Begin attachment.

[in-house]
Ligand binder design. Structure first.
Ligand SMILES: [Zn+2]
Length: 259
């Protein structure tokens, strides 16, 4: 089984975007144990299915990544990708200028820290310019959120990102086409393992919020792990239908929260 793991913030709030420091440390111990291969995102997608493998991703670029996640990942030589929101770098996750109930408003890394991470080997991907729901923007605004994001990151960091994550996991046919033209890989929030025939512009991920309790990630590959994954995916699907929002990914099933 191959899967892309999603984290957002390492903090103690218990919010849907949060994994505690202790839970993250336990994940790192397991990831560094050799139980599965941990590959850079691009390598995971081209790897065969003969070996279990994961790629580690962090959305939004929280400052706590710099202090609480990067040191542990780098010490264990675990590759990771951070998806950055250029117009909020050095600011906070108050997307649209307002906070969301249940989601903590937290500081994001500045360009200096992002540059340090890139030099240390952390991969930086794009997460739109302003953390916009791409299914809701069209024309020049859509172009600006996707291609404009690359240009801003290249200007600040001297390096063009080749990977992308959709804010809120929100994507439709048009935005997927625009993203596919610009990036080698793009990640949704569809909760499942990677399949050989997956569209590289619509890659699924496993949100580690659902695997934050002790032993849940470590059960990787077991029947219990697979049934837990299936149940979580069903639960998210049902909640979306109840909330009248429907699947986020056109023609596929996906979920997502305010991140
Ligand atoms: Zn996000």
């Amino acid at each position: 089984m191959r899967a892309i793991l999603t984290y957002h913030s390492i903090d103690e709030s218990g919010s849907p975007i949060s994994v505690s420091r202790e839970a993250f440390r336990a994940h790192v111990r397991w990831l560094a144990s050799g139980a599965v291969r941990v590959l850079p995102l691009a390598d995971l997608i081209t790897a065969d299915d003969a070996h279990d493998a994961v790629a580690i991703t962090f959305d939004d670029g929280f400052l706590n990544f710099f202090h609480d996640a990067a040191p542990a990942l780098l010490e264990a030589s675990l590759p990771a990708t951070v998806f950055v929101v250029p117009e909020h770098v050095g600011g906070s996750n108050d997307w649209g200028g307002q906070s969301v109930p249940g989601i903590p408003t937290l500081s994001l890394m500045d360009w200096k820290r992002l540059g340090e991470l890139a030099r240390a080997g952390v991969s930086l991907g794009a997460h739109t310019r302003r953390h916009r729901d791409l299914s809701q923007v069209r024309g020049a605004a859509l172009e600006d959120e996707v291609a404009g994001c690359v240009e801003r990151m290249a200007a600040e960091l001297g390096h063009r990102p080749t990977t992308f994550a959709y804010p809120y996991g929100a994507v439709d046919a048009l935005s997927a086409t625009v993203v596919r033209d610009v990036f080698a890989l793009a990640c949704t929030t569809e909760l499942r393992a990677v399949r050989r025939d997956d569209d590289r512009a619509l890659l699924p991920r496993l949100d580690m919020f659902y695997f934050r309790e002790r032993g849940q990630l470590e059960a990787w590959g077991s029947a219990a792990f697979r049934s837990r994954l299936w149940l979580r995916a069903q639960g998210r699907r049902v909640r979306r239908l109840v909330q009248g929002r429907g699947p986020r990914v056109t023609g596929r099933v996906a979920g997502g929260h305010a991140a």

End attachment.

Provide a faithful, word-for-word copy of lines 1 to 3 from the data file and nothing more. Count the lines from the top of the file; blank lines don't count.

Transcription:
[in-house]
Ligand binder design. Structure first.
Ligand SMILES: [Zn+2]